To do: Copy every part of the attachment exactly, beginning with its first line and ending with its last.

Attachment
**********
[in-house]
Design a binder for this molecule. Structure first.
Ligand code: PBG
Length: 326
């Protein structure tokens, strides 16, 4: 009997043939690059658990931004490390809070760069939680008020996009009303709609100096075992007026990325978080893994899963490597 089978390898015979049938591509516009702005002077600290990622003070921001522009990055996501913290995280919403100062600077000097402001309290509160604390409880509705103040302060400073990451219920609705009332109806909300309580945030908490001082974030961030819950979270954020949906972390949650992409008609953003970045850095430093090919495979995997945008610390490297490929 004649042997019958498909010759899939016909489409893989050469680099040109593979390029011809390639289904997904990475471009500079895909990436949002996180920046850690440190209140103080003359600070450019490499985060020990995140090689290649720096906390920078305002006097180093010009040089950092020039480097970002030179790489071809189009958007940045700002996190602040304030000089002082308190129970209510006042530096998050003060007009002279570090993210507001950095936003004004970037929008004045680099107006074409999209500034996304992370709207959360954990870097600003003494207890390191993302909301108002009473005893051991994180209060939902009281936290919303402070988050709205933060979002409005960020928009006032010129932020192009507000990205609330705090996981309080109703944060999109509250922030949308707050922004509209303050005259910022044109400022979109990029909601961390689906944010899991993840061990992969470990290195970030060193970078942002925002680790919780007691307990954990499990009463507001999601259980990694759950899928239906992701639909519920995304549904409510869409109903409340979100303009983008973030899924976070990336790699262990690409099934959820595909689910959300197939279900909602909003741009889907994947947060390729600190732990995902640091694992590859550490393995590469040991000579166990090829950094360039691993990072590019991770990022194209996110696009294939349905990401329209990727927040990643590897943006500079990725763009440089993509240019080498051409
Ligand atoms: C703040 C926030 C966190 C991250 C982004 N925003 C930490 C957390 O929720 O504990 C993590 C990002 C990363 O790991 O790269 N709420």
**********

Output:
[in-house]
Design a binder for this molecule. Structure first.
Ligand code: PBG
Length: 326
């Protein structure tokens, strides 16, 4: 009997043939690059658990931004490390809070760069939680008020996009009303709609100096075992007026990325978080893994899963490597 089978390898015979049938591509516009702005002077600290990622003070921001522009990055996501913290995280919403100062600077000097402001309290509160604390409880509705103040302060400073990451219920609705009332109806909300309580945030908490001082974030961030819950979270954020949906972390949650992409008609953003970045850095430093090919495979995997945008610390490297490929 004649042997019958498909010759899939016909489409893989050469680099040109593979390029011809390639289904997904990475471009500079895909990436949002996180920046850690440190209140103080003359600070450019490499985060020990995140090689290649720096906390920078305002006097180093010009040089950092020039480097970002030179790489071809189009958007940045700002996190602040304030000089002082308190129970209510006042530096998050003060007009002279570090993210507001950095936003004004970037929008004045680099107006074409999209500034996304992370709207959360954990870097600003003494207890390191993302909301108002009473005893051991994180209060939902009281936290919303402070988050709205933060979002409005960020928009006032010129932020192009507000990205609330705090996981309080109703944060999109509250922030949308707050922004509209303050005259910022044109400022979109990029909601961390689906944010899991993840061990992969470990290195970030060193970078942002925002680790919780007691307990954990499990009463507001999601259980990694759950899928239906992701639909519920995304549904409510869409109903409340979100303009983008973030899924976070990336790699262990690409099934959820595909689910959300197939279900909602909003741009889907994947947060390729600190732990995902640091694992590859550490393995590469040991000579166990090829950094360039691993990072590019991770990022194209996110696009294939349905990401329209990727927040990643590897943006500079990725763009440089993509240019080498051409
Ligand atoms: C703040 C926030 C966190 C991250 C982004 N925003 C930490 C957390 O929720 O504990 C993590 C990002 C990363 O790991 O790269 N709420």